More than one million patients present to US emergency departments (ED) annually seeking care for acute migraine. Parenteral anti-histamines have long been used in combination with anti-dopaminergics such as metoclopramide to treat acute migraine in the ED. High quality data supporting this practice do not exist. We determined whether administration of diphenhydramine 50mg IV + metoclopramide 10mg IV resulted in greater rates of sustained headache relief than placebo+ metoclopramide 10mg IV.


This was a randomized, double-blind clinical trial comparing two active treatments for acute migraine in an ED. Eligible patients were adults younger than 65 years presenting with an acute moderate or severe headache meeting International Classification of Headache Disorders-2 migraine criteria. Patients were stratified based on presence or absence of allergic symptoms. The primary outcome was sustained headache relief, defined as achieving a headache level of mild or none within two hours of medication administration, and maintaining this level of relief without use of any additional headache medication for 48 hours. Secondary efficacy outcomes include mean improvement on a 0 to 10 verbal scale between baseline and one hour, the frequency with which subjects indicated they would want the same medication the next time they present to the ED with migraine, and the ED throughput time. Sample size calculation using a 2-sided alpha of 0.05, a beta of 0.20 and a 15% difference between study arms determined the need for 374 patients. An interim analysis was conducted when data were available for 200 subjects.


420 patients were approached for participation. 208 eligible patients consented to participate and were randomized. At the planned interim analysis, the data safety monitoring committee recommended that the study be halted for futility. Baseline characteristics were comparable between the groups. 14% (29/208) of the sample reported allergic symptoms. Of patients randomized to diphenhydramine, 40% (40/100) reported sustained relief at 48 hours, as did 37% (38/103) of patients randomized to placebo (95%CI for difference of 3%: −10, 16%). One hour after medication administration, those randomized to diphenhydramine improved by a mean of 5.1 on the 0 to 10 scale versus 4.8 for those randomized to placebo (95%CI for difference of 0.3: −0.6, 1.1). 85% (84/99) of the patients in the diphenhydramine arm reported they would want the same medication combination during a subsequent ED visit, as did 76% (77/102) of those who received placebo (95%CI for difference of 9%: −2, 20%). Median ED length of stay was 122 minutes (IQR: 84, 180) in the diphenhydramine group and 139 minutes (IQR: 90, 235) in the placebo arm. Rates of side effects, including akathisia, were comparable between the groups.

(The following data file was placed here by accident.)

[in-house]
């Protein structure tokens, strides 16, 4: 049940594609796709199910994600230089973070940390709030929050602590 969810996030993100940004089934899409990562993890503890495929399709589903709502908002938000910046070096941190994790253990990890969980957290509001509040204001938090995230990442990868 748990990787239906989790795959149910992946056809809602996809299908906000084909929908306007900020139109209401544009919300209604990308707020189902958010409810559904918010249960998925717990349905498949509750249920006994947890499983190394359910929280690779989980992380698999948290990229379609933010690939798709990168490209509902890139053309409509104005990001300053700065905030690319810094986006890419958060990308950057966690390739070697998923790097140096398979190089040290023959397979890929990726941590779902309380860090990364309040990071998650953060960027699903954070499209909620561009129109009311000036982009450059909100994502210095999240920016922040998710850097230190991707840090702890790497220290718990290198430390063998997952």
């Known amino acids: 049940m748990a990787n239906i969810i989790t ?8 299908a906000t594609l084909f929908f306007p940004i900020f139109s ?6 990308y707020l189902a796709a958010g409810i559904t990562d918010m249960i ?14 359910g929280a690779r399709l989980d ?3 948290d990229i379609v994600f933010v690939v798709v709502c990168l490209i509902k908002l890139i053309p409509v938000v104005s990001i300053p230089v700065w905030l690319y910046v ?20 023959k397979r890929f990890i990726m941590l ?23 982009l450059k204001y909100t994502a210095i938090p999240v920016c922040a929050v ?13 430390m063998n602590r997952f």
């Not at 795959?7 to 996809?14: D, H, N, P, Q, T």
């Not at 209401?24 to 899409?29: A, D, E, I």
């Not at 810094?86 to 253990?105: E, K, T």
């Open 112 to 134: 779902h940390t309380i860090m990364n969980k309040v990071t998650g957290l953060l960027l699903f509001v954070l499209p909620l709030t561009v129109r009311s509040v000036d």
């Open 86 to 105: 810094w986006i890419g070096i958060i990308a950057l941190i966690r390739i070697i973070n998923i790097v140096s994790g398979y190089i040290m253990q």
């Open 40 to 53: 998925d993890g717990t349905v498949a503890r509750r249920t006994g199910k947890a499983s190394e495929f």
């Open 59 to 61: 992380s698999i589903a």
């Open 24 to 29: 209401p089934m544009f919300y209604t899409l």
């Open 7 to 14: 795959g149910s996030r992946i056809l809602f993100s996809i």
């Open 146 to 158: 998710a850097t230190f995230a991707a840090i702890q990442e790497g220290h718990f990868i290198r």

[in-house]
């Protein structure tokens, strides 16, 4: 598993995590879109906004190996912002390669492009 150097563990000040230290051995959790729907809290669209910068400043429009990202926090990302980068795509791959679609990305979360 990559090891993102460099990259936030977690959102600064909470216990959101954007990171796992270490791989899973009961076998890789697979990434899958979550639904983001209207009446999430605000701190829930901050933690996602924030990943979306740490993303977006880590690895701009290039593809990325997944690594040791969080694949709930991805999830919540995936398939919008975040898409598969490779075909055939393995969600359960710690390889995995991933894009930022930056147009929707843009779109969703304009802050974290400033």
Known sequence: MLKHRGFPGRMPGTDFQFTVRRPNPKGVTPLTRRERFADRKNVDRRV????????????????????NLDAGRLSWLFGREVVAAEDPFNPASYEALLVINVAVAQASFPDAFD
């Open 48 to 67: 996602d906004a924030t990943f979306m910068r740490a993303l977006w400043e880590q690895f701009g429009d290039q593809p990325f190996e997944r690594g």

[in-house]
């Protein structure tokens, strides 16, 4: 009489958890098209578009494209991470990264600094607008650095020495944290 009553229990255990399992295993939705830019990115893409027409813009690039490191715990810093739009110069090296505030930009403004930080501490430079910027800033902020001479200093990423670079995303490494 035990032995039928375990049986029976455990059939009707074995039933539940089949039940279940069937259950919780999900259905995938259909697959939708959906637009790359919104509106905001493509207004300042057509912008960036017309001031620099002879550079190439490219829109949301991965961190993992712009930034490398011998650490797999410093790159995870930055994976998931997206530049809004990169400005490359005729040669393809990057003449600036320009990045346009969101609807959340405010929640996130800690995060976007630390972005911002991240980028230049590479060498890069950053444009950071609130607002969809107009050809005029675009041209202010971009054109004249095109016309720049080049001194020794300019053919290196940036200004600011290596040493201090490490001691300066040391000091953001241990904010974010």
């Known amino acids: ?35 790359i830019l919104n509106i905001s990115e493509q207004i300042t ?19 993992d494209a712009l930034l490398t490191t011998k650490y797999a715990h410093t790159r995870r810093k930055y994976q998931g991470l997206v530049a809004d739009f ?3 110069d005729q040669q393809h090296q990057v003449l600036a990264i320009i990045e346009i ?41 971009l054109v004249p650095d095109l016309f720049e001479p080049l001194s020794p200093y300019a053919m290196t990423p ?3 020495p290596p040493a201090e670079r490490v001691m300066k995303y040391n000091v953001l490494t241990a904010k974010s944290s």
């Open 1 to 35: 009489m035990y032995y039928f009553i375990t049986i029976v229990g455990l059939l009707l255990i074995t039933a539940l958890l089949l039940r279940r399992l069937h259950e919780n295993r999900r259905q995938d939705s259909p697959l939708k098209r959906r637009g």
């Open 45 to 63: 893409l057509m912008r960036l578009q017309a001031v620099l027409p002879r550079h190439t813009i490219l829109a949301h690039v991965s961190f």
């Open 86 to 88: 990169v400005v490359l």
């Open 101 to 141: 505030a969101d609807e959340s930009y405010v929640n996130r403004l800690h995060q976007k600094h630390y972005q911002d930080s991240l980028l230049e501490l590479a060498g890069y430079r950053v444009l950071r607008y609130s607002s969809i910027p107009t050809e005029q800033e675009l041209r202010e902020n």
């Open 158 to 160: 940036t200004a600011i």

Intravenous diphenhydramine, when administered as adjuvant therapy with metoclopramide, does not improve migraine outcomes.

Migraine, a recurrent disorder characterized by acute headaches, causes more than one million visits to US emergency departments (EDs) annually.1 Parenteral anti-histamines including diphenhydramine and promethazine are commonly administered to migraine patients in the ED,1 yet high quality data to support efficacy do not exist. Associations among migraine, histamine, and allergy have been reported2. Elevated levels of serum histamine and IgE have been reported in patients with a history of migraine when compared to healthy controls.2 Among patients with a history of migraine, there is greater elevation of histamine levels during an acute migraine than during the inter-ictal period. 2 This tends to be more marked among migraine patients with a history of allergy or atopy than those without such a history.2 Prevalence of migraine is higher among those patients with a history of allergic rhinitis than matched controls.3,4 In patients with a history of migraine, an acute headache can be induced by histamine infusion, which can be blocked by co-administration of an antihistamine.5 These data are consistent with the hypothesis that histamine contributes to migraine pathogenesis, particularly among patients who are prone to allergy, and that centrally-acting anti-histamines may be a useful treatment for acute migraine.